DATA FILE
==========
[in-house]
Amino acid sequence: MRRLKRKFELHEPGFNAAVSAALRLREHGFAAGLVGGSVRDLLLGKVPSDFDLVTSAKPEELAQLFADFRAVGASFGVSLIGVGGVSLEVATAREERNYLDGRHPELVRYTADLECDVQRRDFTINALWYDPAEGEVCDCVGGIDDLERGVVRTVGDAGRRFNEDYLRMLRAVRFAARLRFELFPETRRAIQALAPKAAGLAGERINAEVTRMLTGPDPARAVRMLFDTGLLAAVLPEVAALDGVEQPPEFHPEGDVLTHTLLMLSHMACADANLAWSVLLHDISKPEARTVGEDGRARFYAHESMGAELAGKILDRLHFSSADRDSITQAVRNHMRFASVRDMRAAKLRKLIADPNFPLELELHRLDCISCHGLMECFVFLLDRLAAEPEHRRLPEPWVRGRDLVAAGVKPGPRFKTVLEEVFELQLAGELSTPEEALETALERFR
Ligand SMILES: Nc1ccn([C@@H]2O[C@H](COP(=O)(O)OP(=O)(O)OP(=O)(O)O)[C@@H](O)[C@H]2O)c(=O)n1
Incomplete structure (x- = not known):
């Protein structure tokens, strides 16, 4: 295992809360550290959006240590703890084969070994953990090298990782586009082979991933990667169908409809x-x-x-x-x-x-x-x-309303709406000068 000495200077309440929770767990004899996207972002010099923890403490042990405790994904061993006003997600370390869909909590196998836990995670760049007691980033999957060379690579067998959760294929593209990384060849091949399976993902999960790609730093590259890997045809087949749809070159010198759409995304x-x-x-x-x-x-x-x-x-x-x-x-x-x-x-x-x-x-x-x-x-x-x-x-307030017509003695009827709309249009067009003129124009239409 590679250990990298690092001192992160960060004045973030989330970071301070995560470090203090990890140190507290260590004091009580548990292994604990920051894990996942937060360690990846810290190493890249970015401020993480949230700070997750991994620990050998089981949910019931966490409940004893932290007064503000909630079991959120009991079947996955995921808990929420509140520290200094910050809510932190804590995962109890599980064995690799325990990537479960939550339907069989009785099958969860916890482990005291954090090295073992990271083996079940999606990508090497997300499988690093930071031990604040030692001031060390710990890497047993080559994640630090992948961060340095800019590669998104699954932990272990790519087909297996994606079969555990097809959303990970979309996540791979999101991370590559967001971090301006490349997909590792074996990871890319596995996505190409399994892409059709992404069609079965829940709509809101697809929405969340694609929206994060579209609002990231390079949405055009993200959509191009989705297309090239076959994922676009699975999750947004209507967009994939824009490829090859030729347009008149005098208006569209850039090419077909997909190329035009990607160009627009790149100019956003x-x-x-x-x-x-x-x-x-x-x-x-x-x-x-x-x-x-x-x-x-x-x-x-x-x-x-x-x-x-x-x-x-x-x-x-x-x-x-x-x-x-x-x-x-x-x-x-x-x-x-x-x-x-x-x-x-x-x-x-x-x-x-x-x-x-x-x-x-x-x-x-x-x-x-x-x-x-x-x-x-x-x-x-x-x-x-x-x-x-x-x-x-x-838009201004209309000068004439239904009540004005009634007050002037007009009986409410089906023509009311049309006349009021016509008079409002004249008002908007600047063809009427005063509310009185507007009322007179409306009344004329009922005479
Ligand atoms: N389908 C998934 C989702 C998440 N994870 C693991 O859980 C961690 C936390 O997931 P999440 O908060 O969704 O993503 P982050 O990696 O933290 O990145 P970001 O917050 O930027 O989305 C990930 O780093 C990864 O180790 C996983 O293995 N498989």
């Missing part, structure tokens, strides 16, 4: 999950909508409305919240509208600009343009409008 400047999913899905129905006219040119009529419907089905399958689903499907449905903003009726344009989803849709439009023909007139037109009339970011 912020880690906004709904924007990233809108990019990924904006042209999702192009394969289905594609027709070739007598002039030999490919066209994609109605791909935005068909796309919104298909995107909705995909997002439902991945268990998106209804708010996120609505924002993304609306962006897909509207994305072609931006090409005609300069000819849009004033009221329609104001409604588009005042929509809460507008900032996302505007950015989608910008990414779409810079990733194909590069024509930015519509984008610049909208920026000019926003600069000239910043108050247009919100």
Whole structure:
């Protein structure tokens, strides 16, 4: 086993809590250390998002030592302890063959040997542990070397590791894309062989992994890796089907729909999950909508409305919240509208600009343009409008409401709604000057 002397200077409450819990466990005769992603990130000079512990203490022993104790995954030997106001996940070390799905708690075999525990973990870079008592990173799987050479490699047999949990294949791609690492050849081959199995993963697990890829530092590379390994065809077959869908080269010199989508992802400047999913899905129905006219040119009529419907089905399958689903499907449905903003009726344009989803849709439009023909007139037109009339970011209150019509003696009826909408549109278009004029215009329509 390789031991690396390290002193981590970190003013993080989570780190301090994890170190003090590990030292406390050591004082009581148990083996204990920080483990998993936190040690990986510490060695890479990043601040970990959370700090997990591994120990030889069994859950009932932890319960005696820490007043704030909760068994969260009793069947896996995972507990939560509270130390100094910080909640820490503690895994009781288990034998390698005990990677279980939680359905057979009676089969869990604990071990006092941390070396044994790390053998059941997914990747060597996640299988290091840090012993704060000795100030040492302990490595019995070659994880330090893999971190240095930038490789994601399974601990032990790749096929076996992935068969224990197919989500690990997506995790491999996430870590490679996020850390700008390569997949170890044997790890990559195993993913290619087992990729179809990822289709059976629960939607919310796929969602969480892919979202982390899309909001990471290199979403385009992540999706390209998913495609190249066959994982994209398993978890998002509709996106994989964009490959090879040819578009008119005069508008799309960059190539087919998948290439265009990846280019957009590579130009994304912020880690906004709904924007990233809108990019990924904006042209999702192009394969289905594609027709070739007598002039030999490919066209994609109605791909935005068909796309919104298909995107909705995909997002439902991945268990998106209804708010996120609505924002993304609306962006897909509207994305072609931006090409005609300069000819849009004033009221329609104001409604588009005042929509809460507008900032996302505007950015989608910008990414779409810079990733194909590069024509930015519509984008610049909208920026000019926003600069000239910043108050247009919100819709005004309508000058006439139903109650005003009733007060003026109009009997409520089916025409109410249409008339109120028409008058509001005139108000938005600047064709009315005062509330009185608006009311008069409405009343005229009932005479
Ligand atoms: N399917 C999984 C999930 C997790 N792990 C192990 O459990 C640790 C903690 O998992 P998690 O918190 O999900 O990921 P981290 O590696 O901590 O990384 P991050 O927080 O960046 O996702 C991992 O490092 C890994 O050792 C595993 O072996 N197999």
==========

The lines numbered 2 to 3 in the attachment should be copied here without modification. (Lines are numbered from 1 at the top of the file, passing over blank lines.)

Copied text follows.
Amino acid sequence: MRRLKRKFELHEPGFNAAVSAALRLREHGFAAGLVGGSVRDLLLGKVPSDFDLVTSAKPEELAQLFADFRAVGASFGVSLIGVGGVSLEVATAREERNYLDGRHPELVRYTADLECDVQRRDFTINALWYDPAEGEVCDCVGGIDDLERGVVRTVGDAGRRFNEDYLRMLRAVRFAARLRFELFPETRRAIQALAPKAAGLAGERINAEVTRMLTGPDPARAVRMLFDTGLLAAVLPEVAALDGVEQPPEFHPEGDVLTHTLLMLSHMACADANLAWSVLLHDISKPEARTVGEDGRARFYAHESMGAELAGKILDRLHFSSADRDSITQAVRNHMRFASVRDMRAAKLRKLIADPNFPLELELHRLDCISCHGLMECFVFLLDRLAAEPEHRRLPEPWVRGRDLVAAGVKPGPRFKTVLEEVFELQLAGELSTPEEALETALERFR
Ligand SMILES: Nc1ccn([C@@H]2O[C@H](COP(=O)(O)OP(=O)(O)OP(=O)(O)O)[C@@H](O)[C@H]2O)c(=O)n1